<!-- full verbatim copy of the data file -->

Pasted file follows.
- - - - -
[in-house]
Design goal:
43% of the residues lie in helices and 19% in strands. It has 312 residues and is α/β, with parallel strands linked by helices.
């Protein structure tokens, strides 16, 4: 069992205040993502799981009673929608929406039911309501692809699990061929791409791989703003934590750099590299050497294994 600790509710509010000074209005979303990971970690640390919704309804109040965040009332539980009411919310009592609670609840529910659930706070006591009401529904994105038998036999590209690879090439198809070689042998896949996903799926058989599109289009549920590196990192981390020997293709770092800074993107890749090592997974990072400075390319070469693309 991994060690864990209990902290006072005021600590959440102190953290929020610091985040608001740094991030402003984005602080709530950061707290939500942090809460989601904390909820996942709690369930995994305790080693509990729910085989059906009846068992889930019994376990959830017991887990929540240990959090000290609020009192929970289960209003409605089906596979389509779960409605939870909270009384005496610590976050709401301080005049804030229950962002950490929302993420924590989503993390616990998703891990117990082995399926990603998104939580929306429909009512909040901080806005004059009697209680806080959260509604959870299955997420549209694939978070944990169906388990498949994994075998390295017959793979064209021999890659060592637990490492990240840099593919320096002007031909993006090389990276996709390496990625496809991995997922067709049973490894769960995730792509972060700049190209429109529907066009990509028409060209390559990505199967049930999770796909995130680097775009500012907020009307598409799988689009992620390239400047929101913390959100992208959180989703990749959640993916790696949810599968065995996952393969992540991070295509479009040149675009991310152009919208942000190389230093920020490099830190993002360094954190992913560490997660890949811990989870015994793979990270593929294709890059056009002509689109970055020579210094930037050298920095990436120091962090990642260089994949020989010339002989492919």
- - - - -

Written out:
[in-house]
Design goal:
43% of the residues lie in helices and 19% in strands. It has 312 residues and is α/β, with parallel strands linked by helices.
């Protein structure tokens, strides 16, 4: 069992205040993502799981009673929608929406039911309501692809699990061929791409791989703003934590750099590299050497294994 600790509710509010000074209005979303990971970690640390919704309804109040965040009332539980009411919310009592609670609840529910659930706070006591009401529904994105038998036999590209690879090439198809070689042998896949996903799926058989599109289009549920590196990192981390020997293709770092800074993107890749090592997974990072400075390319070469693309 991994060690864990209990902290006072005021600590959440102190953290929020610091985040608001740094991030402003984005602080709530950061707290939500942090809460989601904390909820996942709690369930995994305790080693509990729910085989059906009846068992889930019994376990959830017991887990929540240990959090000290609020009192929970289960209003409605089906596979389509779960409605939870909270009384005496610590976050709401301080005049804030229950962002950490929302993420924590989503993390616990998703891990117990082995399926990603998104939580929306429909009512909040901080806005004059009697209680806080959260509604959870299955997420549209694939978070944990169906388990498949994994075998390295017959793979064209021999890659060592637990490492990240840099593919320096002007031909993006090389990276996709390496990625496809991995997922067709049973490894769960995730792509972060700049190209429109529907066009990509028409060209390559990505199967049930999770796909995130680097775009500012907020009307598409799988689009992620390239400047929101913390959100992208959180989703990749959640993916790696949810599968065995996952393969992540991070295509479009040149675009991310152009919208942000190389230093920020490099830190993002360094954190992913560490997660890949811990989870015994793979990270593929294709890059056009002509689109970055020579210094930037050298920095990436120091962090990642260089994949020989010339002989492919």